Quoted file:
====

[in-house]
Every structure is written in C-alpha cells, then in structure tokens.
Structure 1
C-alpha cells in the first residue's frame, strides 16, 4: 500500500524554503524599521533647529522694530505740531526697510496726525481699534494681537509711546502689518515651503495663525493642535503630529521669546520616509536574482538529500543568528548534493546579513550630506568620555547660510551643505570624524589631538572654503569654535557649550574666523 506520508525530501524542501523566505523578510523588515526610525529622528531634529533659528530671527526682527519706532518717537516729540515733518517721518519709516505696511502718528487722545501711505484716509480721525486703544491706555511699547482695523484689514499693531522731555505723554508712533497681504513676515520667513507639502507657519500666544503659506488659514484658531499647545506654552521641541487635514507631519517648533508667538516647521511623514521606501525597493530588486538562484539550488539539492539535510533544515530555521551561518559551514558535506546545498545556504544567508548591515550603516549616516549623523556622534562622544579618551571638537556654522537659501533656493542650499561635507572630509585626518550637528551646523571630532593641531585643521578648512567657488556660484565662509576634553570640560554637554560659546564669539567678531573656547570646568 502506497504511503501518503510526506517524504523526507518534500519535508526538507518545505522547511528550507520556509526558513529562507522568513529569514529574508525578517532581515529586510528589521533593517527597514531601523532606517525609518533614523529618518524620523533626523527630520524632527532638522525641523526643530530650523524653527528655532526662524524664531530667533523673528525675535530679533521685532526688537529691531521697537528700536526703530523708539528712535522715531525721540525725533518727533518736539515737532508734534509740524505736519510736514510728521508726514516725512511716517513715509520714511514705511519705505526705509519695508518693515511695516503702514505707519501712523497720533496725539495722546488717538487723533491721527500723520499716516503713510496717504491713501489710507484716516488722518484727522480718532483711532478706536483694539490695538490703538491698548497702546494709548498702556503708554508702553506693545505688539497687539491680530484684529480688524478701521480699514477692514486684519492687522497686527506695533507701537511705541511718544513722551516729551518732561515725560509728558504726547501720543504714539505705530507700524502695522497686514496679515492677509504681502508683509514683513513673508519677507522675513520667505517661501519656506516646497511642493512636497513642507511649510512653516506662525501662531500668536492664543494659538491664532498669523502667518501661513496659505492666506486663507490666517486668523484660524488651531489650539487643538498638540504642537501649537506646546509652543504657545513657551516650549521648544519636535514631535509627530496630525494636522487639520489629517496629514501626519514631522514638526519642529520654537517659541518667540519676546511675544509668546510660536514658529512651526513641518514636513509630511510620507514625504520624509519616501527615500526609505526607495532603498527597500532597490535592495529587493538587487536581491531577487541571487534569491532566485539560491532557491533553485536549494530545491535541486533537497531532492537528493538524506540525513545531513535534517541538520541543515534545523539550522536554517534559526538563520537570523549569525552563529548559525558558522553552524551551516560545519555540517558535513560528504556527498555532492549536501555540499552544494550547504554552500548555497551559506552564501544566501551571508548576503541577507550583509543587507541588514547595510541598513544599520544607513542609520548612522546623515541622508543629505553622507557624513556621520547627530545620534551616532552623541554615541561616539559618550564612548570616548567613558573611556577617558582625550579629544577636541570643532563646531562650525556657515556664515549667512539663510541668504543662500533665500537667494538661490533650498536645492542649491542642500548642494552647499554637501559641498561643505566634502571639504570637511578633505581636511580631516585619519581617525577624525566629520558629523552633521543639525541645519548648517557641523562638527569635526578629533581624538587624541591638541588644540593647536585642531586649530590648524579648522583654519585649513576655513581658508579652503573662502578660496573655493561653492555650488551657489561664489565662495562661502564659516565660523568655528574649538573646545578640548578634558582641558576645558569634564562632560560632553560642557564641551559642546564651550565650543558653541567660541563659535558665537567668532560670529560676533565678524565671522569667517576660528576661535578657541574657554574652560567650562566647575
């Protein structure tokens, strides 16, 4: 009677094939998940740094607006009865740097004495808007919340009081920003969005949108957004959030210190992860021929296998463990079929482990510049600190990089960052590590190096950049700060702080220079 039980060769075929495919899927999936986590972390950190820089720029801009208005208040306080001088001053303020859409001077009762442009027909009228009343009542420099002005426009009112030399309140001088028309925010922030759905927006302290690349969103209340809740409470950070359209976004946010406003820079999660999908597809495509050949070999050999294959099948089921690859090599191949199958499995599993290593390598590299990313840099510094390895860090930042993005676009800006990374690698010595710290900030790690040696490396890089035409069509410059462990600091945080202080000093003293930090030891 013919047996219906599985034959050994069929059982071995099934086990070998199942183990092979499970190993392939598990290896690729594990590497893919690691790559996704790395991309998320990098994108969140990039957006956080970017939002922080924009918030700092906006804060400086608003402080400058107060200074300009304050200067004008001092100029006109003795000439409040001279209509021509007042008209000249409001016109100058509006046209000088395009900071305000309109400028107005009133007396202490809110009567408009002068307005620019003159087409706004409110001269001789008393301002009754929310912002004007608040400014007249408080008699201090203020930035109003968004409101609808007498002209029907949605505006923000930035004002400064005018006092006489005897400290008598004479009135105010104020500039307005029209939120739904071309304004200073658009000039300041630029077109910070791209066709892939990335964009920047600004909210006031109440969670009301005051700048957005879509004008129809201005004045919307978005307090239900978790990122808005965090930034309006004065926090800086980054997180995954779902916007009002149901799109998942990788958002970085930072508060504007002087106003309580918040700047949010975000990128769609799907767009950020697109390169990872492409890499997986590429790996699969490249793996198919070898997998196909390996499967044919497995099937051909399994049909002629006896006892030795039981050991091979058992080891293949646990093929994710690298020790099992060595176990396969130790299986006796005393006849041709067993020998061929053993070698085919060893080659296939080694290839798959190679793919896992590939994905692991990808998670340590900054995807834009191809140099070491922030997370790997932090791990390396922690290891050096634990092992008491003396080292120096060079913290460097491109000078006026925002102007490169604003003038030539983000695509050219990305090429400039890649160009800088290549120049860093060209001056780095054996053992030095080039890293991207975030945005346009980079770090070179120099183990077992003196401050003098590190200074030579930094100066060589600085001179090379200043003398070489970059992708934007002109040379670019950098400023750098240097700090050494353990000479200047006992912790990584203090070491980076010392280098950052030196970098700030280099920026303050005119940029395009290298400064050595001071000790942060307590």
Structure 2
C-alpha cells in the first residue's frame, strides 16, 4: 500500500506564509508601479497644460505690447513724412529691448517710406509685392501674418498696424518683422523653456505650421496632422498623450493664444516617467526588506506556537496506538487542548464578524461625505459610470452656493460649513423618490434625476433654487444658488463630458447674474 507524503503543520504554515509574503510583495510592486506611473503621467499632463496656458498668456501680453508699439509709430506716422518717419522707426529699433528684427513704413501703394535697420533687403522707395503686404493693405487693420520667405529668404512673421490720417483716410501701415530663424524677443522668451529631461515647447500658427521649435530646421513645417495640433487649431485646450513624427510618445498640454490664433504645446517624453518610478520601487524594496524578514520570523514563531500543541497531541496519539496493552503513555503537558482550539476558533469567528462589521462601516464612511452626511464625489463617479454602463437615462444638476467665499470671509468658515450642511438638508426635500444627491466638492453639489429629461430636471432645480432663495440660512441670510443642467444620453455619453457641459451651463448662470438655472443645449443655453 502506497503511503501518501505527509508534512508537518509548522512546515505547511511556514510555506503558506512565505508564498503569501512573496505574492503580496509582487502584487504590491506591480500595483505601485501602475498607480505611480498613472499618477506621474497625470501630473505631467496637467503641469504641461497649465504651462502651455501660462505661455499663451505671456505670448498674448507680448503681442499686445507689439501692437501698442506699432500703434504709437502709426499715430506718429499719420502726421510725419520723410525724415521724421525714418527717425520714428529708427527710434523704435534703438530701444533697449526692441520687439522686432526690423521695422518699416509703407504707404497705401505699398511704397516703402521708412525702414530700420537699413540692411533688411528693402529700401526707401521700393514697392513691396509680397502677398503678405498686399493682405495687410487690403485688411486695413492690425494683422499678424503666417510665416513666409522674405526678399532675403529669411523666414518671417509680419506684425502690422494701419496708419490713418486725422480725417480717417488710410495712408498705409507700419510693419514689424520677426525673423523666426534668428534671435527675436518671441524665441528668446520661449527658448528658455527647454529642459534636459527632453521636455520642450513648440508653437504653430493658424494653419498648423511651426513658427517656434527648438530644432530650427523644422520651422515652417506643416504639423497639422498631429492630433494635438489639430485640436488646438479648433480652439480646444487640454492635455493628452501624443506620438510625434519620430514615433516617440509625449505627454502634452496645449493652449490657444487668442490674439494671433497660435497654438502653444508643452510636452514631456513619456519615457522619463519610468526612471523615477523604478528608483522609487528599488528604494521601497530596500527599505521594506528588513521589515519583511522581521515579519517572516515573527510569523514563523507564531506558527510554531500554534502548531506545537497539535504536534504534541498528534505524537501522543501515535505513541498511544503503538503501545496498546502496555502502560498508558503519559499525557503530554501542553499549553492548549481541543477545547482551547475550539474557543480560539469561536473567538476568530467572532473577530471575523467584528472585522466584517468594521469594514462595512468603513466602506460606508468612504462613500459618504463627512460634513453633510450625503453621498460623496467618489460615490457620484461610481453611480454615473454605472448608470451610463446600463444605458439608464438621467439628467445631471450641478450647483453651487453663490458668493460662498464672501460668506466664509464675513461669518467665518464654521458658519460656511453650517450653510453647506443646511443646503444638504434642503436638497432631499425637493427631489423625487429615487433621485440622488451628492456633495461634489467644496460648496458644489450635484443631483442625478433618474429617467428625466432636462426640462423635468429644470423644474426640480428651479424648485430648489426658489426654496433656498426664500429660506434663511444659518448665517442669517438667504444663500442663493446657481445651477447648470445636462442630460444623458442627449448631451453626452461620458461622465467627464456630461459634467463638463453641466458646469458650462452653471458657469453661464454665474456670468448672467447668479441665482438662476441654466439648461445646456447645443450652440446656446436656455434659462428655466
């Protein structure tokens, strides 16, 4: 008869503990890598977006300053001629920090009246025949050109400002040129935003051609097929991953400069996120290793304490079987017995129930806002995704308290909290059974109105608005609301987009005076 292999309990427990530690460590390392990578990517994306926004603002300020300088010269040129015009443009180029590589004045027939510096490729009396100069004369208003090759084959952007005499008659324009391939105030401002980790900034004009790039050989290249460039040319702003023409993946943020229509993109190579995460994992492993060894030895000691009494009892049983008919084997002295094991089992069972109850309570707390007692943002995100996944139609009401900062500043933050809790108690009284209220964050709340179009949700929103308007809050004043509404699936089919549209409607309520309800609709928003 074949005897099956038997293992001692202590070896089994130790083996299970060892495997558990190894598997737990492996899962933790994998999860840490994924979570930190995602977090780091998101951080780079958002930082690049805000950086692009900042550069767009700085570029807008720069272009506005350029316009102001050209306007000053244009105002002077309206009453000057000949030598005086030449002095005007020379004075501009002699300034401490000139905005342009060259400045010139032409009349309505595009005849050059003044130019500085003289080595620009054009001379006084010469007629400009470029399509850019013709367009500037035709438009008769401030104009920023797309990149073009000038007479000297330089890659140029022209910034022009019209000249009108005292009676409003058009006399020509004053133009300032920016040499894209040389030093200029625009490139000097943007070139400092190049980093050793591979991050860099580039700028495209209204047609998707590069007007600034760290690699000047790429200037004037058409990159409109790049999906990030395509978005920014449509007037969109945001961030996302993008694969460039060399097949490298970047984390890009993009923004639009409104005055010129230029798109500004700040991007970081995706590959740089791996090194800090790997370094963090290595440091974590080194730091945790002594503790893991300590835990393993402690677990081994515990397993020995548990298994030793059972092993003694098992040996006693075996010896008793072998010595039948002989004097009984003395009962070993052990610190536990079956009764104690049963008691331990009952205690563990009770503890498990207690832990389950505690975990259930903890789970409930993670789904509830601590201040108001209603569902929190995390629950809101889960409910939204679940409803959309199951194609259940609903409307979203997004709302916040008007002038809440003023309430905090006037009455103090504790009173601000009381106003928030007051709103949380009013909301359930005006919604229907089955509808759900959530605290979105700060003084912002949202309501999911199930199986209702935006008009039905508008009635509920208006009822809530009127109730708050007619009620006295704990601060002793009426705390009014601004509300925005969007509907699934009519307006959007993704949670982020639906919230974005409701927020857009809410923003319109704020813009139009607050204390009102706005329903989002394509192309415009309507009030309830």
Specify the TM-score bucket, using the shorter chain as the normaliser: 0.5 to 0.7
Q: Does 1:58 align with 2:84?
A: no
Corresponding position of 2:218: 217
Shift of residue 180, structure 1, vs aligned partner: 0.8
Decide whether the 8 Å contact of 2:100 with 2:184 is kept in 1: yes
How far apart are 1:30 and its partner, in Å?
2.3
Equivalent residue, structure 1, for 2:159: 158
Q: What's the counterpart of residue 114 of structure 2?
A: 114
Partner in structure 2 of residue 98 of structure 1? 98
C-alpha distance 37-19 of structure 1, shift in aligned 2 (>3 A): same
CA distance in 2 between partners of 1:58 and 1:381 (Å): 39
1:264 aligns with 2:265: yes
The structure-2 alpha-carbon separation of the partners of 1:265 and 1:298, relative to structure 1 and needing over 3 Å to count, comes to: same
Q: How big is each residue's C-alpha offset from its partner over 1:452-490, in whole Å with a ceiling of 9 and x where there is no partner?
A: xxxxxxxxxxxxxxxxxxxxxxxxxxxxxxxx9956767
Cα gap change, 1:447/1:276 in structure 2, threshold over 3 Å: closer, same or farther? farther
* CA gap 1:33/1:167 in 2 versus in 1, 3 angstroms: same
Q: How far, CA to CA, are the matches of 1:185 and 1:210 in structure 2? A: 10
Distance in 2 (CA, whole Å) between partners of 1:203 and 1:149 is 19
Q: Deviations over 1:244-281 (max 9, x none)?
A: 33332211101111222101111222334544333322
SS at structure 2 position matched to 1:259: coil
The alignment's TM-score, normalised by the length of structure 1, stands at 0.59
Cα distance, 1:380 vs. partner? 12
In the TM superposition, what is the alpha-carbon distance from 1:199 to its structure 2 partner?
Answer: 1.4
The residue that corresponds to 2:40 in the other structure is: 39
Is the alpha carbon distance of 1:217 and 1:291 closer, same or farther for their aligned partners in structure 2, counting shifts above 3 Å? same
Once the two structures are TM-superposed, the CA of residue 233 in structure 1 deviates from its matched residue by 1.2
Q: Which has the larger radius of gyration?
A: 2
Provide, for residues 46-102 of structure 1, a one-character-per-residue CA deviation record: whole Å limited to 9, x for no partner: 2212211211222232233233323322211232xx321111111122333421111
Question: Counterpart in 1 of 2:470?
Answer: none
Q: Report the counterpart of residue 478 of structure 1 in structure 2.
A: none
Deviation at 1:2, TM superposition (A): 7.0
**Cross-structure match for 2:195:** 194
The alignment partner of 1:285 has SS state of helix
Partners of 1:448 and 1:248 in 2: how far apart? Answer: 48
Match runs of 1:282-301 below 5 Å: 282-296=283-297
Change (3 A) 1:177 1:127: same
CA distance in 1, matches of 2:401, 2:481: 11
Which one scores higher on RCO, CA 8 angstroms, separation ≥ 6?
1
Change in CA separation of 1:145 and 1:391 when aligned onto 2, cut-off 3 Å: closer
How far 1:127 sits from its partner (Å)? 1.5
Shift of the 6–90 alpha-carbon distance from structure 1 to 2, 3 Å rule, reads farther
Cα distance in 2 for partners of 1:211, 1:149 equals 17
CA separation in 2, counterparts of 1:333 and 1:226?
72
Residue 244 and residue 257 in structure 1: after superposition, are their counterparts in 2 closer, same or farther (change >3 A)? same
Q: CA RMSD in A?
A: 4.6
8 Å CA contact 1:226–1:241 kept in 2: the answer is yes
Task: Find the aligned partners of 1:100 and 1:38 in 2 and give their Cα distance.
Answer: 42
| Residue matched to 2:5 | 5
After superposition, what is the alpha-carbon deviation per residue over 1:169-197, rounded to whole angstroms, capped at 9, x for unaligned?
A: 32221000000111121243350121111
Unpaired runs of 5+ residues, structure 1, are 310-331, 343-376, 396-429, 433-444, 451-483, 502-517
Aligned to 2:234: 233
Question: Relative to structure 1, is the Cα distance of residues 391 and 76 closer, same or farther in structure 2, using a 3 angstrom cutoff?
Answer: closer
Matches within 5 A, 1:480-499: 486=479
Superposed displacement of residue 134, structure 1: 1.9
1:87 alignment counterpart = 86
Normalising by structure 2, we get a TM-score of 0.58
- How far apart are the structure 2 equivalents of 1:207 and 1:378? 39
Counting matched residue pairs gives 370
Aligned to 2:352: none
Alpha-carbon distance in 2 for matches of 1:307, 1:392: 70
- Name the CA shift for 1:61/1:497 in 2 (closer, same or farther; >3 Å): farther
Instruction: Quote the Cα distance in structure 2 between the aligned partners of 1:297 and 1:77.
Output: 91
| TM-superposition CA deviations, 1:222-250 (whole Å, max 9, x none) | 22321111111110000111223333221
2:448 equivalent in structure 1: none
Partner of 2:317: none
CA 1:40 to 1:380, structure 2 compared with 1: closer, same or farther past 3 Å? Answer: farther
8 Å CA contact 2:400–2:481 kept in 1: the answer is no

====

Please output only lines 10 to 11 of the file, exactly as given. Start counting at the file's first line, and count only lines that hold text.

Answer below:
Q: Does 1:58 align with 2:84?
A: no